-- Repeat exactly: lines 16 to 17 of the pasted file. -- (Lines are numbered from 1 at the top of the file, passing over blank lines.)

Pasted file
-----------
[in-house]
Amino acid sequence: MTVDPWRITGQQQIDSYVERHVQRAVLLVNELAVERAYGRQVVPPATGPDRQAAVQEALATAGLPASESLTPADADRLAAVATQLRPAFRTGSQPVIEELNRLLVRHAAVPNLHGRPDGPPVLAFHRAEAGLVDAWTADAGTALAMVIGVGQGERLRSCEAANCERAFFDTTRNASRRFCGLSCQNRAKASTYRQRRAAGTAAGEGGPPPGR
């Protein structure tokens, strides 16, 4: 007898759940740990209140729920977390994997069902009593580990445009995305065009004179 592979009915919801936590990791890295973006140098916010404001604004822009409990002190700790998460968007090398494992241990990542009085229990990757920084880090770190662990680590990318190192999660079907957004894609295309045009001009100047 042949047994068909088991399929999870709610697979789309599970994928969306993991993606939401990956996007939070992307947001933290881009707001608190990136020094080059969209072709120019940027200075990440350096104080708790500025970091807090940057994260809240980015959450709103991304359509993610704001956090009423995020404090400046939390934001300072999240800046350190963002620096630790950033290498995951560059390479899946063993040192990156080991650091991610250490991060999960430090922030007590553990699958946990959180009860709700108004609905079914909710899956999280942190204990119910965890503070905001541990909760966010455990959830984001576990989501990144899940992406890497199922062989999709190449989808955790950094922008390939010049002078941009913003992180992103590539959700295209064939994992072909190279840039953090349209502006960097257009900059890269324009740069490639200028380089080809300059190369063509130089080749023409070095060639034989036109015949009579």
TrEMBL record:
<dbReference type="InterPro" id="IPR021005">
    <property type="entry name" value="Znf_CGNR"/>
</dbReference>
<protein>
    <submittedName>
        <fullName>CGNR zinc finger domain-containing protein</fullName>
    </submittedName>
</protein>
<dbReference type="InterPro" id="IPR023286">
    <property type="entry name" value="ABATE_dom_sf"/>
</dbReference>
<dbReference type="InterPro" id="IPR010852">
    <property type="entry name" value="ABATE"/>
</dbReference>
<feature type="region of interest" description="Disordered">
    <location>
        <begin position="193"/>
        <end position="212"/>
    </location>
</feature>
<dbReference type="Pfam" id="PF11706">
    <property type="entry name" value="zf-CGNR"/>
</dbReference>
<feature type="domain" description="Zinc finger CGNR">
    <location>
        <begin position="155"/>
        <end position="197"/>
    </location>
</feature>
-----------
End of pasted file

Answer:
<dbReference type="InterPro" id="IPR010852">
    <property type="entry name" value="ABATE"/>